5. Critique of Magical Idealism (Continued)
(b) How strong is Evola’s case for idealism?
I noted earlier that Evola sums up his idealism using Berkeley’s famous expression esse est percipi (to be is to be perceived). (more…)
The Brihadaranyaka Upanishad is quite long, and we can only scratch the surface here. In truth, even the shortest of the Upanishads could justify a long commentary. The texts of Vedanta are a whole, each of the parts of which reflects the whole in miniature. In other words, within each text one may find the whole teaching. This does not mean, of course, that the whole teaching is explicitly stated. Rather, one will find that to truly understand the full significance of any one statement in the Upanishads, we must situate it within the context of the entire teaching.
“Brihadaranyaka” means “of the great forest.” Aranyaka means “of the forest” or “of the wilderness.” The Aranyakas are understood to be a type of ancient Hindu literature, along with the Samhitas, the Brahmanas, and the Upanishads. (more…)
In the last installment of this series, we saw that the Katha Upanishad tells the story of Nachiketa, a boy who is tutored by Yama, the god of death. The boy makes a request of Yama, which at first the god does not want to grant: “When a person dies, there arises this doubt: ‘he still exists,’ say some, ‘he does not’ say others. I want you to teach me the truth.” But Yama soon realizes that Nachiketa is a worthy student, and begins to teach. (more…)
The Katha Upanishad tells the story of a boy named Nachiketa whose father, Vajasravasa, decides to curry the favor of the gods by giving away his possessions. However, it seems that he was rather selective in what he gave up, only parting with things that were now useless to him. Nachiketa, who is quite pious, sees through his father’s insincerity: “What merit is there,” the boy asks, “in giving away cows that are too old to give milk?” This question, from a mere child, wounds Vajasravasa’s pride. Foolishly, Nachiketa persists: “To whom will you offer me?” he asks. Vajasravasa ignores the question at first, but when Nachiketa repeats it his father answers angrily, “To death I give you!” (more…)
In this series of self-contained essays, I will offer an introduction to Vedanta, the philosophy of the Upanishads, through brief commentaries on individual Upanishads. These essays are geared toward individuals drawn to the path of Traditionalism – and especially the Left-Hand Path of Evolian Traditionalism.They place Vedanta in the context of Tradition. Further, they make clear the relevance of this path for those of us who are not just in revolt against the modern world, but who wish to live the ideal of “self-overcoming” – an ideal for all ages. (more…)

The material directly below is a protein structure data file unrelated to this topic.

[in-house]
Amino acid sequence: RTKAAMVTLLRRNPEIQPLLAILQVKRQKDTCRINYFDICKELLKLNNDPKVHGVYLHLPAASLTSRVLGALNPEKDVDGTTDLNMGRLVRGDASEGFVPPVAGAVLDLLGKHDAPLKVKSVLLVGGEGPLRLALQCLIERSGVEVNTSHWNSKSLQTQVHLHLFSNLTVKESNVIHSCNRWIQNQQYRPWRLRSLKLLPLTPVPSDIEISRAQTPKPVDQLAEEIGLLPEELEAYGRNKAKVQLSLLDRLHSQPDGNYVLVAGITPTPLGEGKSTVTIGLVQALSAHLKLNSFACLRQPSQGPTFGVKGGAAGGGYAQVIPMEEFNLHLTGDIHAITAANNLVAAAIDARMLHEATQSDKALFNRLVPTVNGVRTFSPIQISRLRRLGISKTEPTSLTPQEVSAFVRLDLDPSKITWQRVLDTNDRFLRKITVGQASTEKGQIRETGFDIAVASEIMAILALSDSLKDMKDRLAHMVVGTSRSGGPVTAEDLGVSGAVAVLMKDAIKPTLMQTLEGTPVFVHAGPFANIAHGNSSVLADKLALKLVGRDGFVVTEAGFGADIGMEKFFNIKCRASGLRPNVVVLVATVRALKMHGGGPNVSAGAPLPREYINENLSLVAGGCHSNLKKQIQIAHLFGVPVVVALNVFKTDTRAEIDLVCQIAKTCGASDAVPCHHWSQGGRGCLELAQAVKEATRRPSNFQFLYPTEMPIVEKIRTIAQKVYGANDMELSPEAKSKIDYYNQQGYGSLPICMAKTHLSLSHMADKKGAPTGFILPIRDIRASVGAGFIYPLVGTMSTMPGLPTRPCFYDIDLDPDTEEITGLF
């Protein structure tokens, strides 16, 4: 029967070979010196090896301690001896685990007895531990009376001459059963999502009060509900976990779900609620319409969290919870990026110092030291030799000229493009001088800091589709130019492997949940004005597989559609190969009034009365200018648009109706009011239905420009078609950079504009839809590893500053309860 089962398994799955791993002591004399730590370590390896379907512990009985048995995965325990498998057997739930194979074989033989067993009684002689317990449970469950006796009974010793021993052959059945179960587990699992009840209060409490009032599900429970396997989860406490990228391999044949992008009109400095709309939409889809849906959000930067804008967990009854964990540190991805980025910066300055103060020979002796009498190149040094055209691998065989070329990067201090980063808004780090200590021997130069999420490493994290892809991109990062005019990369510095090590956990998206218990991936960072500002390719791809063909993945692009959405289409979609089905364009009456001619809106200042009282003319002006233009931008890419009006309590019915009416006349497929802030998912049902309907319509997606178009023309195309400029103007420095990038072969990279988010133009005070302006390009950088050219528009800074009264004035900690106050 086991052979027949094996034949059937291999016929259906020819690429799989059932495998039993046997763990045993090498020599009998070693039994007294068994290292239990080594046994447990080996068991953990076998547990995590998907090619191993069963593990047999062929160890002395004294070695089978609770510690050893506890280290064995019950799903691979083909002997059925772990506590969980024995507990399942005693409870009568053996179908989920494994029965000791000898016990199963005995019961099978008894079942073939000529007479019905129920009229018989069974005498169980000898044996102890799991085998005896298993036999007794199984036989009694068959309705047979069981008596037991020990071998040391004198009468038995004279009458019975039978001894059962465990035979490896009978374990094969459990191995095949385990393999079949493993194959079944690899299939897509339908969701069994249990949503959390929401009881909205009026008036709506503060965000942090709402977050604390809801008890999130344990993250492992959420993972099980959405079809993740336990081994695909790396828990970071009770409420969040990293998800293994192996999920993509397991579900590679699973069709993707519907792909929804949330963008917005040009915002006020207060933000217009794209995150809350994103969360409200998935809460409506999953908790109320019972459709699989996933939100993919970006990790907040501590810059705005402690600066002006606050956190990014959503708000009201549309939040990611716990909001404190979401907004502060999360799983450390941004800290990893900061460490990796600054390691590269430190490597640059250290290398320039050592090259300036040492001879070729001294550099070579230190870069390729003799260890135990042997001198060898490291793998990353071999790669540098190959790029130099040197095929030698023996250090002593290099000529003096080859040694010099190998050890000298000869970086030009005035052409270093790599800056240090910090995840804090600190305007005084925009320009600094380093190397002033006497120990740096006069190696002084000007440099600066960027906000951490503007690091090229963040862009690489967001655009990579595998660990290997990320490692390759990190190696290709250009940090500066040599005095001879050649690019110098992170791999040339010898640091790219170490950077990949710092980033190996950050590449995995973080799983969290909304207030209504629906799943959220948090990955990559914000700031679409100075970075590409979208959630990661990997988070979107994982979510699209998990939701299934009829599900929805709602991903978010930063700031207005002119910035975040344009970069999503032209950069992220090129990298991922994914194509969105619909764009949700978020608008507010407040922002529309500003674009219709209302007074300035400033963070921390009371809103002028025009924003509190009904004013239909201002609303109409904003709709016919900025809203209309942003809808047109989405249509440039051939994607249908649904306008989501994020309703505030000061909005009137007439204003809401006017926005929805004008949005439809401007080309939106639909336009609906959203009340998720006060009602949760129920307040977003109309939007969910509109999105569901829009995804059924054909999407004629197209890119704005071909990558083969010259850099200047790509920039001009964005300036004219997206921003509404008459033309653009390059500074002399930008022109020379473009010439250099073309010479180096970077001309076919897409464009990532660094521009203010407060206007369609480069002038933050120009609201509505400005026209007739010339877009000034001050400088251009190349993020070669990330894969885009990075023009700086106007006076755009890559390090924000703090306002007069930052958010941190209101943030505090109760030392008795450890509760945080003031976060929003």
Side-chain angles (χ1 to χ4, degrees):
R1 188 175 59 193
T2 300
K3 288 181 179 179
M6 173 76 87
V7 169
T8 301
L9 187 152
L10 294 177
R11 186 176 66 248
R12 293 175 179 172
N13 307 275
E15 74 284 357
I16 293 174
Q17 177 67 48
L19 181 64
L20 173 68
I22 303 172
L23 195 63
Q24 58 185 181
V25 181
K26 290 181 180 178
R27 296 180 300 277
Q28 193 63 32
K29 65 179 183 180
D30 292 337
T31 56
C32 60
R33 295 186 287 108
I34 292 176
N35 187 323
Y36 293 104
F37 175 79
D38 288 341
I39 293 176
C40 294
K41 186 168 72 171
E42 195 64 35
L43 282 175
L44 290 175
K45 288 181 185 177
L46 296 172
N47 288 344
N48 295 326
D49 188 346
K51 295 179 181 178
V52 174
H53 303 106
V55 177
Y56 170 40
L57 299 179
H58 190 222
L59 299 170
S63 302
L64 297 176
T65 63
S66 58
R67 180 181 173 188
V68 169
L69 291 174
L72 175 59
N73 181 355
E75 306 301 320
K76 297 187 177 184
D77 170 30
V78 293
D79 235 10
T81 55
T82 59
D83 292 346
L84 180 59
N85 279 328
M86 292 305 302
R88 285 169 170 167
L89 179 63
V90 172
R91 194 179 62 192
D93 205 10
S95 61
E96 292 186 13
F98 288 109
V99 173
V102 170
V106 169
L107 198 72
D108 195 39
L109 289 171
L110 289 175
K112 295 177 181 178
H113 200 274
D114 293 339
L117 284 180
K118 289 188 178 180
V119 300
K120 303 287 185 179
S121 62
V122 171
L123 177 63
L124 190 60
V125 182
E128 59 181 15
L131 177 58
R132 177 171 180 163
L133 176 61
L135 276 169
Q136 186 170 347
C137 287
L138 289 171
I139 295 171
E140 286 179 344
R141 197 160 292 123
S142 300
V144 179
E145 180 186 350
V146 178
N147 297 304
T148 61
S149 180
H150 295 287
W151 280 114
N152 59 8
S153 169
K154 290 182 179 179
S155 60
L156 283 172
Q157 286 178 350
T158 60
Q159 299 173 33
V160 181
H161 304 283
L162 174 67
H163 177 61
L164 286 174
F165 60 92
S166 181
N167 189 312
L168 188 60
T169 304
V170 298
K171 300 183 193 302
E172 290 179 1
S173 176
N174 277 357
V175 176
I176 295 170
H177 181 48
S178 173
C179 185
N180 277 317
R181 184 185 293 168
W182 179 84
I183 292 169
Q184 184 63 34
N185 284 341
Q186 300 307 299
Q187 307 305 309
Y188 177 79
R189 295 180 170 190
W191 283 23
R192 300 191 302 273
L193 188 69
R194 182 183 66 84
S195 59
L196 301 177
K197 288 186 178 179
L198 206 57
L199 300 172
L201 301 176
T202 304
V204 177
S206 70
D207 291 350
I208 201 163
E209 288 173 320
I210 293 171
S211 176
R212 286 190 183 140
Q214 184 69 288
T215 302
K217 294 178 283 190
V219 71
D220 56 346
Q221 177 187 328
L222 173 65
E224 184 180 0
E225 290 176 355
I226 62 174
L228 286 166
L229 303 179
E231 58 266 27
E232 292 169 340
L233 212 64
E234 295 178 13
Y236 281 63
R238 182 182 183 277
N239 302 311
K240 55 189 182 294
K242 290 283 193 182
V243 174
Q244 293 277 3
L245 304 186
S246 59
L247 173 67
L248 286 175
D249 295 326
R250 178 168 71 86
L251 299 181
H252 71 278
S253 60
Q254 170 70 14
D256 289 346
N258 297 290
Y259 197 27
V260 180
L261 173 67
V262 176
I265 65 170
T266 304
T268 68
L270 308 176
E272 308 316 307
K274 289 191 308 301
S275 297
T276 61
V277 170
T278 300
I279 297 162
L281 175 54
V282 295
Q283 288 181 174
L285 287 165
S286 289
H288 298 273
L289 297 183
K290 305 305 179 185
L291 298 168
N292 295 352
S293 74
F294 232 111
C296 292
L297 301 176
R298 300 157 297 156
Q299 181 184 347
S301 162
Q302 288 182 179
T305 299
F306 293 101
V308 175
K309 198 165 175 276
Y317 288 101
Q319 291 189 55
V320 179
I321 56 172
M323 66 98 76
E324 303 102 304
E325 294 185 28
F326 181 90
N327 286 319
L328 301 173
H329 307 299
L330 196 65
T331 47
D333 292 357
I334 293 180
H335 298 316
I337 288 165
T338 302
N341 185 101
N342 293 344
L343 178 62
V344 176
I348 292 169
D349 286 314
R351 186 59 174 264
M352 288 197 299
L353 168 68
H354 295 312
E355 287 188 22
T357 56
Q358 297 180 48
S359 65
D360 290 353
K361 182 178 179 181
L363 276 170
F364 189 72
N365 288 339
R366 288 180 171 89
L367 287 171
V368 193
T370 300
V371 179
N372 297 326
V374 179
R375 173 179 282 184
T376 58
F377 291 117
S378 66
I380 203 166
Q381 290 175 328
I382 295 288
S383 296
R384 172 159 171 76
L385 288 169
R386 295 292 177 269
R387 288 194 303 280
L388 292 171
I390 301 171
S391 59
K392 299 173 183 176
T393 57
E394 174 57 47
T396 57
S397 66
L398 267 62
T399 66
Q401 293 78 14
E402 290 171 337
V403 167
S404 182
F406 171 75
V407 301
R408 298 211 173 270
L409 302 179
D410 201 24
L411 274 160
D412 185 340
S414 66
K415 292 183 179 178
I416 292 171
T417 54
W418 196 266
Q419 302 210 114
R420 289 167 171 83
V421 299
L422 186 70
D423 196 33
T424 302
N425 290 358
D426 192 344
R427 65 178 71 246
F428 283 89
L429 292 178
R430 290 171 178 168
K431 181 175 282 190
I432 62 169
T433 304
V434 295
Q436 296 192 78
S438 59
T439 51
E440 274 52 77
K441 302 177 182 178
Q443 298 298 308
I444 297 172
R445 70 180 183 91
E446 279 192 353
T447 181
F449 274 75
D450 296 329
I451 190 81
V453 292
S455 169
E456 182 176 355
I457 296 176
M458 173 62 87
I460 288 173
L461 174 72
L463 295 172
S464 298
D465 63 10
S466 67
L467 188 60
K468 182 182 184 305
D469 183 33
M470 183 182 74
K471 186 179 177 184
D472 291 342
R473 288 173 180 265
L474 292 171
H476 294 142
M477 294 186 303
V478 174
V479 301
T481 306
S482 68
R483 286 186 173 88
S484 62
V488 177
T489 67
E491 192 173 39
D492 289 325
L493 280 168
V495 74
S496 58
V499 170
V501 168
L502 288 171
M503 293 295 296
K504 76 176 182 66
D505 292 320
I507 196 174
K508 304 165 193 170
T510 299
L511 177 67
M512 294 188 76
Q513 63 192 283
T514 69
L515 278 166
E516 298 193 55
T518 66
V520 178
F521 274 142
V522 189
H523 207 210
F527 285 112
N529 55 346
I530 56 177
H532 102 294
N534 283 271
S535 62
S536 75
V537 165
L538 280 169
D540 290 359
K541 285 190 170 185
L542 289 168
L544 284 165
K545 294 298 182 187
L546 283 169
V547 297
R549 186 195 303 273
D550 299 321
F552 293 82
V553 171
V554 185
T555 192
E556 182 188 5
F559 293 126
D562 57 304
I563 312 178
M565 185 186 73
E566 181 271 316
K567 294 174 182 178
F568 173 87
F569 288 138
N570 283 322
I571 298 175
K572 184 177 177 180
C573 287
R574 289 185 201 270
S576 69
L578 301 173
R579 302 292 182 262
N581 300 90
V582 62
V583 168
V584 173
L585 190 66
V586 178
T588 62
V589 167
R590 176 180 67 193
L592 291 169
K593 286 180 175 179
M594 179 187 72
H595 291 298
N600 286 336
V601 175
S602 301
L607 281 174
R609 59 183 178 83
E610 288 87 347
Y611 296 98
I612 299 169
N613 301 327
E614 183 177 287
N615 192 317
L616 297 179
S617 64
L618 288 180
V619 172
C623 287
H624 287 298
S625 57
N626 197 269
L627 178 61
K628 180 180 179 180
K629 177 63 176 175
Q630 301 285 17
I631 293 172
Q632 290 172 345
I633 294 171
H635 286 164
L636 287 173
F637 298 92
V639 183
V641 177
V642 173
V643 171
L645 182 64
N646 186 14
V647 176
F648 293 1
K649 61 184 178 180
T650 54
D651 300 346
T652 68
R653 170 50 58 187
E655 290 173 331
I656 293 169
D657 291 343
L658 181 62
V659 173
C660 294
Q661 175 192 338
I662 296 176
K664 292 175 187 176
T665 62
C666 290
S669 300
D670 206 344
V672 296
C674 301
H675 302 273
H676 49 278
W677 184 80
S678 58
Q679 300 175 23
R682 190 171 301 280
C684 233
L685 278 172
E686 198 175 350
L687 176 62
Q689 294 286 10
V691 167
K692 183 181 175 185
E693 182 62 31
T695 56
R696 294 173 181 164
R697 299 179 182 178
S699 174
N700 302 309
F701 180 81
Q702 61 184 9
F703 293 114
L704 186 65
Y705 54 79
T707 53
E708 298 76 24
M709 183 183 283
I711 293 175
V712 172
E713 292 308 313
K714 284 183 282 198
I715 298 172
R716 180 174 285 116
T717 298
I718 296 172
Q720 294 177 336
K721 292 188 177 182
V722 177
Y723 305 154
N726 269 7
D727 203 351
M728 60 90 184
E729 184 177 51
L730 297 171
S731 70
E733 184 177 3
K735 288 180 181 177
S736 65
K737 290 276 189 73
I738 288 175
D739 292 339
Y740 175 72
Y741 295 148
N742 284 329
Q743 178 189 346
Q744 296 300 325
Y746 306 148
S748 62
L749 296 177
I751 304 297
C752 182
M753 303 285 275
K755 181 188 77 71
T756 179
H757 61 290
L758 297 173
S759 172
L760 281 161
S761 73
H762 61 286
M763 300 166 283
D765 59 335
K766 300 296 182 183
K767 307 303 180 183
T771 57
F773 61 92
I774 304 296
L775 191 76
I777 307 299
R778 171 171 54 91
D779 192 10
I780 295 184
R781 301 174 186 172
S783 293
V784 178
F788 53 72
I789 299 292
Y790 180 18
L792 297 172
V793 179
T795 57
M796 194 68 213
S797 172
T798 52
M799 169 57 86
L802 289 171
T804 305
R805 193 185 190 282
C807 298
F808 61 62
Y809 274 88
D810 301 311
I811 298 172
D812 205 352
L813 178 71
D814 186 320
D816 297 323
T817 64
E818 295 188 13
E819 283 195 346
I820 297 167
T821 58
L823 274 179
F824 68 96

Part 2 of 2. Part 1 here.
Partings II – Watts and The Church Today: Real Presence or Real Estate?
Watts was quite successful in his attempt to express the religio perennis in the language of Christian theology; not just in my opinion today, but among his Episcopal peers at the time (one bishop even called it “the most important book on religion in this century”), (more…)
Part 1 of 2
Alan W. Watts
Behold the Spirit: A Study in the Necessity of Mystical Religion
New York: Pantheon, 1947; reissued with a new Preface, 1971
“For God is not niggardly in his self-revelation; he exposes himself right before our eyes.” — Alan Watts (more…)
Alan Watts–Here and Now: Contributions to Psychology, Philosophy, and Religion
Ed. Peter J. Columbus and Donadrian L. Rice
Albany, NY: SUNY Press, 2012
“It is the peculiar nature of my adolescent explorings of the Devon countryside . . . that made me what I am—and in many other ways besides writing. . . . I have never gained any taste for what lies beyond the experience of solitary discovery. . . . (more…)
The Spiritual Journey of Alejandro Jodorowsky
Rochester Vt.: Inner Traditions, 2008
Alejandro Jodorowsky is known to English-speaking audiences as the director and star of the cult film El Topo (1970). His other films (of which there are only a few) are lesser known, and his work outside of film is hardly known at all in America. (more…)
Translation anonymous, edited by Greg Johnson
The following essay was originally published in English in East and West, vol. 9, nos. 2 & 3 (1960): 182–86. This is chapter 18 of Julius Evola, East and West: Comparative Studies in Pursuit of Tradition, ed. Greg Johnson, forthcoming from Counter-Currents in the summer of 2013.